Look at what you're wearing right now. Is it fashion, social history or simply clothing? Your answer - mine would be: a bit of all three - may determine your response to WORN Fashion Journal, a twice-yearly Toronto periodical that would prefer to discuss why we wear what we do than to puzzle over the latest couture collections from Milan or New York. For the editors of WORN, fashion is less a noun describing a remote ideal than a verb that we're conjugating all the time.
"Someone described us as an anti-fashion magazine," says managing editor G. (for Gwendolen) Stegelmann, who would not agree. "We were just unhappy with the prescriptive nature of most fashion magazines. We wanted to inspire people not just to go out and spend money, but to use what's already around them in creative ways."
Case in point: the six-page fashion shoot in the middle of the current issue, which features three models cavorting in a field with a zebra - and nary a single designer credit. If you like the military-style tunics, Persian-rug-patterned coat or towering black leather boots in the photos, you'll just have to hunt around for something similar. You might start at a place like the Pass It On Store, the St. Mary's, Ont. vintage shop that is the only retailer mentioned in the fine print.
"The first two photo shoots were all things from my closet," says Stegelmann, who adds that the magazine isn't averse to couture, including works by Canadian designers. But it won't tie its editorial content to anyone's advertising calendar or accept free outfits in exchange for placement in the magazine.
Even among alternative Canadian fashion mags, which include the likes of Corduroy, Hobo and Plaid, WORN cuts a distinctive profile. Its very readable articles - rare in a publication that can't yet afford to pay contributors - regularly dip into the history of staple items such as corduroy and buttons or the intricacies of a look that few of us, perhaps, would want to emulate. Issue 10 included a detailed illustrated glossary of nine kinds of hijab. The current issue's cover story is about the evolution of air-hostess clothing, from the nurses' uniforms used in the early days of flying to calm nervous passengers to the racier outfits designed in the sixties to the more sober looks brought in as feminism caught up with airlines trying to sell seats with mini-skirts and "Fly Me" buttons. It's social history as seen through changes in style.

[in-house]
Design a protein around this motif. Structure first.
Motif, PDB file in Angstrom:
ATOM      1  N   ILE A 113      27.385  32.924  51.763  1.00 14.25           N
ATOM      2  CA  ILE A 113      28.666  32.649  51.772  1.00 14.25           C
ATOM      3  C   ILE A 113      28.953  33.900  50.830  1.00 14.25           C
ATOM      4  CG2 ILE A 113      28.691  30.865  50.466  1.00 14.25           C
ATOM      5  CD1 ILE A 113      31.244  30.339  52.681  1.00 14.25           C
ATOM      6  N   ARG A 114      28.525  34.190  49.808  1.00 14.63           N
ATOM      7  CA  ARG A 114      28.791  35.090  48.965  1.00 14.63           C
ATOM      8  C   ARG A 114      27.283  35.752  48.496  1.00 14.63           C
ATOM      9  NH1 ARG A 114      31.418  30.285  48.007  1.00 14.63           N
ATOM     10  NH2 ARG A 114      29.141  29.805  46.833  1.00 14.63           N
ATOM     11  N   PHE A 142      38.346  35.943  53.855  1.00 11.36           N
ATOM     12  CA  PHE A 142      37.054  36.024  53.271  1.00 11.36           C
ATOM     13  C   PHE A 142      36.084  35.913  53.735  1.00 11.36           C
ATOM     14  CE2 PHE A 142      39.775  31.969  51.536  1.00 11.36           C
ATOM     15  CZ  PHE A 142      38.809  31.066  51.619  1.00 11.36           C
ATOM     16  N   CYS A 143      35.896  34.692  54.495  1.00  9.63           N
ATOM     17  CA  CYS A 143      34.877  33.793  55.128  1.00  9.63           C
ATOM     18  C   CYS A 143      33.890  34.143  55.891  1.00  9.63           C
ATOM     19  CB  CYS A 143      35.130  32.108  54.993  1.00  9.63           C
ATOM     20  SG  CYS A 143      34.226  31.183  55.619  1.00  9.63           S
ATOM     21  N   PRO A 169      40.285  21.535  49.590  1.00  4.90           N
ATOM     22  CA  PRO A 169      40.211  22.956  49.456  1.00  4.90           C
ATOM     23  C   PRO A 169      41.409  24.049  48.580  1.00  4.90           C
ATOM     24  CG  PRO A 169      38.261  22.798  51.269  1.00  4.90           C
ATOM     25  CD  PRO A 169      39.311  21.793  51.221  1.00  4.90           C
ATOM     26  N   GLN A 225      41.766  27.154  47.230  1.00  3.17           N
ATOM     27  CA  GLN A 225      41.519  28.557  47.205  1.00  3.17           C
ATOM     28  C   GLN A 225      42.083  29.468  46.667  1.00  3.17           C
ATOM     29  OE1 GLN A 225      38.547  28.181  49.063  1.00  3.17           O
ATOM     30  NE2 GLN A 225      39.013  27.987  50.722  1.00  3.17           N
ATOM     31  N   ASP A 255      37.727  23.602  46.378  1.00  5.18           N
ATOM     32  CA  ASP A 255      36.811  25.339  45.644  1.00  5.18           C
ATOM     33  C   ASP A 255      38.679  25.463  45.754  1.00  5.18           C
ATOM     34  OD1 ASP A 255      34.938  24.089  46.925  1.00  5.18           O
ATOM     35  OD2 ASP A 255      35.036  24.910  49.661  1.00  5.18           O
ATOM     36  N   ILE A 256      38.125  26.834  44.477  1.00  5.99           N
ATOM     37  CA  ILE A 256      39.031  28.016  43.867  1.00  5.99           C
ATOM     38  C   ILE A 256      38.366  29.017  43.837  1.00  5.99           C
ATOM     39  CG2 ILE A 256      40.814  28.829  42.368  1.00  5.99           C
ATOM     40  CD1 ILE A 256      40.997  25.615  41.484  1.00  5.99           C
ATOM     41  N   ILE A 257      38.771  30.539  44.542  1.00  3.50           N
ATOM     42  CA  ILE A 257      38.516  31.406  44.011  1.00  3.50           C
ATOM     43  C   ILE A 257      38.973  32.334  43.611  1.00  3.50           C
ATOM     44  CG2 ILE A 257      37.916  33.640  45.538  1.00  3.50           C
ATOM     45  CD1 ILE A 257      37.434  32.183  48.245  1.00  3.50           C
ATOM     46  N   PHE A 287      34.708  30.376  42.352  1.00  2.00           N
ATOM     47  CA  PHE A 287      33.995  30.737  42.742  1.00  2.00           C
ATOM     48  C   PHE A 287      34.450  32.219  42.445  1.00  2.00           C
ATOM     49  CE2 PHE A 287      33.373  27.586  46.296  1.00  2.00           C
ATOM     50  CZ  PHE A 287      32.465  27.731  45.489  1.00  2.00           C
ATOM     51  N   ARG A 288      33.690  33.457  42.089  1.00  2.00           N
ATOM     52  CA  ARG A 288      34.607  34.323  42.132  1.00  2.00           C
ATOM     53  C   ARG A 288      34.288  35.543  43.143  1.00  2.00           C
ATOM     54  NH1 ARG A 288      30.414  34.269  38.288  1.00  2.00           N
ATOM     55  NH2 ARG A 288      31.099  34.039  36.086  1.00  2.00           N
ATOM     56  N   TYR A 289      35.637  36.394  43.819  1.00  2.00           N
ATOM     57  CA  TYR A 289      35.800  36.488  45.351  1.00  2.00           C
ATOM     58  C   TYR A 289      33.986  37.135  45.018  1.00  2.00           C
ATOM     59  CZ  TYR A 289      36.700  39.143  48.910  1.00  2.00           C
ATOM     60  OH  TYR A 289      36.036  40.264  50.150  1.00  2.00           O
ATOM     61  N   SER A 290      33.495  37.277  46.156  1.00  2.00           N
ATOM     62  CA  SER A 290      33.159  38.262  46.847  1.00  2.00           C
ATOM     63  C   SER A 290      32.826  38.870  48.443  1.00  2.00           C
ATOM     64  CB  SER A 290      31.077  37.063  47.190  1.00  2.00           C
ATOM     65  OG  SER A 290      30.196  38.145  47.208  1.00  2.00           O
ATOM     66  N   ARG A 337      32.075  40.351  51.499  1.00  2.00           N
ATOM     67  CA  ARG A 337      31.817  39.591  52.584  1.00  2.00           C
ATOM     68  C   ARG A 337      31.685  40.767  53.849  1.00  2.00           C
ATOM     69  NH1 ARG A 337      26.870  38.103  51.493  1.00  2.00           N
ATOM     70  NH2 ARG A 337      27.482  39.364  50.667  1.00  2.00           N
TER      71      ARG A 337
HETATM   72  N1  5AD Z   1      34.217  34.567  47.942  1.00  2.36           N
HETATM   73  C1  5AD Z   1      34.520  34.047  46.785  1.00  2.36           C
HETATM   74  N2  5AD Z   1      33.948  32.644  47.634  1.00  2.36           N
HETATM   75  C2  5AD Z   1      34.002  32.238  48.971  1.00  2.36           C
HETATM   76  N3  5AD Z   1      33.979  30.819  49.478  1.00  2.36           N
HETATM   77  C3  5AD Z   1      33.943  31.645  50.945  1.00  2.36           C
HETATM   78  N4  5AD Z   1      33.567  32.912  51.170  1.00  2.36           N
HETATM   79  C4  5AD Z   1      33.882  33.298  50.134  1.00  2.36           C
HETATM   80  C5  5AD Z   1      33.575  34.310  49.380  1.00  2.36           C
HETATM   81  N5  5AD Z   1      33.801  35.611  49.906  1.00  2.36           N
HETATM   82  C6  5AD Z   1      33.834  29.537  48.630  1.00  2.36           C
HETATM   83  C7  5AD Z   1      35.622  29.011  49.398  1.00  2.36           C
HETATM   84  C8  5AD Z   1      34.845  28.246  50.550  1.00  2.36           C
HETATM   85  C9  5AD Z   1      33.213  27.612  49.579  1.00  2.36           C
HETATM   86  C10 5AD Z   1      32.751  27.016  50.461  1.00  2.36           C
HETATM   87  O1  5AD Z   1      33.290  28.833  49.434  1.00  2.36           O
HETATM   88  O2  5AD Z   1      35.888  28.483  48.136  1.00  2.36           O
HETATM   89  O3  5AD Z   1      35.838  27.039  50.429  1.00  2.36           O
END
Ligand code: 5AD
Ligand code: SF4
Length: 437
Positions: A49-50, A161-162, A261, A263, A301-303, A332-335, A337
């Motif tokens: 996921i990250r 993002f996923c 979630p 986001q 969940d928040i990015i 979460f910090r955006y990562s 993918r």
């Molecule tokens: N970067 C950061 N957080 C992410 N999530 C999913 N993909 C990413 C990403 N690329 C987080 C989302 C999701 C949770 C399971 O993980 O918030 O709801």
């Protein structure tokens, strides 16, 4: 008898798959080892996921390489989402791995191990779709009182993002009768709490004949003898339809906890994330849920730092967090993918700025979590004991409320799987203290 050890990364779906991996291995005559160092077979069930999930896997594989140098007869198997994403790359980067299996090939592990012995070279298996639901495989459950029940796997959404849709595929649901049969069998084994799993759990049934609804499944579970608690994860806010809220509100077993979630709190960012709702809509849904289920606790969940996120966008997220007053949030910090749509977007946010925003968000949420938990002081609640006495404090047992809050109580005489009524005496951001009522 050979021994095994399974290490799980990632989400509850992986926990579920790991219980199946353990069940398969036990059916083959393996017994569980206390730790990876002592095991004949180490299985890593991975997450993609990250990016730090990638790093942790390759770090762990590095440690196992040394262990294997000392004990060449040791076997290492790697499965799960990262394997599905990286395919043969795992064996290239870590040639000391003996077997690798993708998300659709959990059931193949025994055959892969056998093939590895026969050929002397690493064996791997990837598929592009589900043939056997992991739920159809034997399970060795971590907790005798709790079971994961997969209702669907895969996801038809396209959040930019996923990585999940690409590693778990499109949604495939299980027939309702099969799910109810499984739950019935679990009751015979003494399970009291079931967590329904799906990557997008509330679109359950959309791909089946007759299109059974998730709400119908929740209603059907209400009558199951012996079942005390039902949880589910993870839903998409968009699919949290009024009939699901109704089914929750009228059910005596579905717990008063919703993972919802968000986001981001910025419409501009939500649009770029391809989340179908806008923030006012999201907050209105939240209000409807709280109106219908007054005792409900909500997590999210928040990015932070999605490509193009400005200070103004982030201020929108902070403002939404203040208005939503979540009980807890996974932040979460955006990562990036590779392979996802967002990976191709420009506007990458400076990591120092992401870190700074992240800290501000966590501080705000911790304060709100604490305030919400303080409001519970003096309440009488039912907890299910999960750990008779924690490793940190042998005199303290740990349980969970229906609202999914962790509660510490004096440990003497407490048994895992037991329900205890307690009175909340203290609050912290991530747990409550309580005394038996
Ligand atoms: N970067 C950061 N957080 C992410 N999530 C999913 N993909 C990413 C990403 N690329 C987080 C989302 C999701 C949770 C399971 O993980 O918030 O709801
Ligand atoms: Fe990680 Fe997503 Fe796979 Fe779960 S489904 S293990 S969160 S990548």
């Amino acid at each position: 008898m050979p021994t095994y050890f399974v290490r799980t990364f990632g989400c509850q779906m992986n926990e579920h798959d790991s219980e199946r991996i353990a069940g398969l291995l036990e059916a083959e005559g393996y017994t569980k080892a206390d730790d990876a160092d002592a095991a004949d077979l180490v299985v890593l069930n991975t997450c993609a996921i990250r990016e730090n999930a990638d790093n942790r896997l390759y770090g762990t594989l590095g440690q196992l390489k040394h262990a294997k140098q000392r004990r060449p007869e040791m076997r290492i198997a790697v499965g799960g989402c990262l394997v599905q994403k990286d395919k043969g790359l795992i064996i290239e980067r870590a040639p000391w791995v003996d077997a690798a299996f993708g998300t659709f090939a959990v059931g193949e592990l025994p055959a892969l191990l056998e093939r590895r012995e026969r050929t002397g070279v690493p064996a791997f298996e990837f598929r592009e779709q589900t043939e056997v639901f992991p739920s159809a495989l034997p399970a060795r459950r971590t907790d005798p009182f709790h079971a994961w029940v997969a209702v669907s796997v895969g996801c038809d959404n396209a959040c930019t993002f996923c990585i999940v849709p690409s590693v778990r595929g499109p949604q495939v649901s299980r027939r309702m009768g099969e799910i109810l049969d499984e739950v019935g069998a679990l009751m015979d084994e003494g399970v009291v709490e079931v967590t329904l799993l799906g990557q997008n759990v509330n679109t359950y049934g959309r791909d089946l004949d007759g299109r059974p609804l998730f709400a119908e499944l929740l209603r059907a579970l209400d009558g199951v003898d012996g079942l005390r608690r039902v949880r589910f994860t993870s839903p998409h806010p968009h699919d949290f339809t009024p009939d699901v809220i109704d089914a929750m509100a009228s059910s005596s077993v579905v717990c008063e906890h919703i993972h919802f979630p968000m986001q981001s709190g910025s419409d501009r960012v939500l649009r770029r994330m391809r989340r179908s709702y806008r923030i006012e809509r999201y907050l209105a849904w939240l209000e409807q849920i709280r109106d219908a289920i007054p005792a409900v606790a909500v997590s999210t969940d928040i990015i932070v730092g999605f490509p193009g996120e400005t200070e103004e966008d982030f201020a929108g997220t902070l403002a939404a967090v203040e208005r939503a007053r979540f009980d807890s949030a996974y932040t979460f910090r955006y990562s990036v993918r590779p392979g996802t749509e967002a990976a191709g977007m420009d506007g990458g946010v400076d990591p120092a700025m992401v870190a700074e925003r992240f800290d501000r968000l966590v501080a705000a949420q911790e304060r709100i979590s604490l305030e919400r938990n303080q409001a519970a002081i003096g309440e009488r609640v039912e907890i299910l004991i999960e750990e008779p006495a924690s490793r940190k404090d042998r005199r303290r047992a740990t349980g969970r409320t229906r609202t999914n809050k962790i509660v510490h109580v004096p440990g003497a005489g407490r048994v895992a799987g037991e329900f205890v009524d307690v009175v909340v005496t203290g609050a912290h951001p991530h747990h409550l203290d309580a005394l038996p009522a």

"We're like fashion nerds," says Stegelmann, who imagined that the serious, almost scholarly tone of many WORN pieces might endear the magazine to the Canada Council, to which she for applied for a grant. The application was returned unread, on the grounds that fashion has nothing to do with art.
"Nobody would argue that painting isn't an art, but they sell paintings at IKEA," says Serah-Marie McMahon, the magazine's founding "editor-in-pants," who included a piece about a fashion-based art installation in a recent issue.
The idea for WORN began at a vintage store in Toronto's Kensington Market, where Stegelmann and McMahon both worked, sharing their ideas about fashion and what was wrong with most fashion journalism. After McMahon decamped to Montreal to take a fine-arts degree, she decided that the best way to change the discussion was to start her own magazine. By almost every standard, she was underqualified: She had no publishing experience, didn't know what a copy editor does (it took her two issues to find out) and didn't even own a computer. But she had an idea, which she went about realizing and promoting with the persistence of a bulldog: She visited every vintage store in town and talked to the staff ("our natural readership," she says) and posted flyers on university billboards, looking for like-minded contributors.
Eleven issues later, WORN has correspondents in a half-dozen cities, an increasingly polished look (the first art director came on board last year) and distribution in Chapters Indigo. Although it sells about 60 per cent of its print run abroad, it had to pass up a European distribution deal because it couldn't afford to print the minimum 4,000 copies the distributor demanded. WORN's dependence on magazine sales rather than ad revenue, however, turned out to be a blessing when the economy faltered.
"The recession only did good things for us," says McMahon. "People were still willing to pay six dollars for a magazine that a lot of them find they want to hang on to, not throw away."
I know that I'll be holding on to mine. That feature about airline fashions will still be good reading a year or a decade from now. In a field in which most publications wilt quickly, WORN is a hardy perennial.
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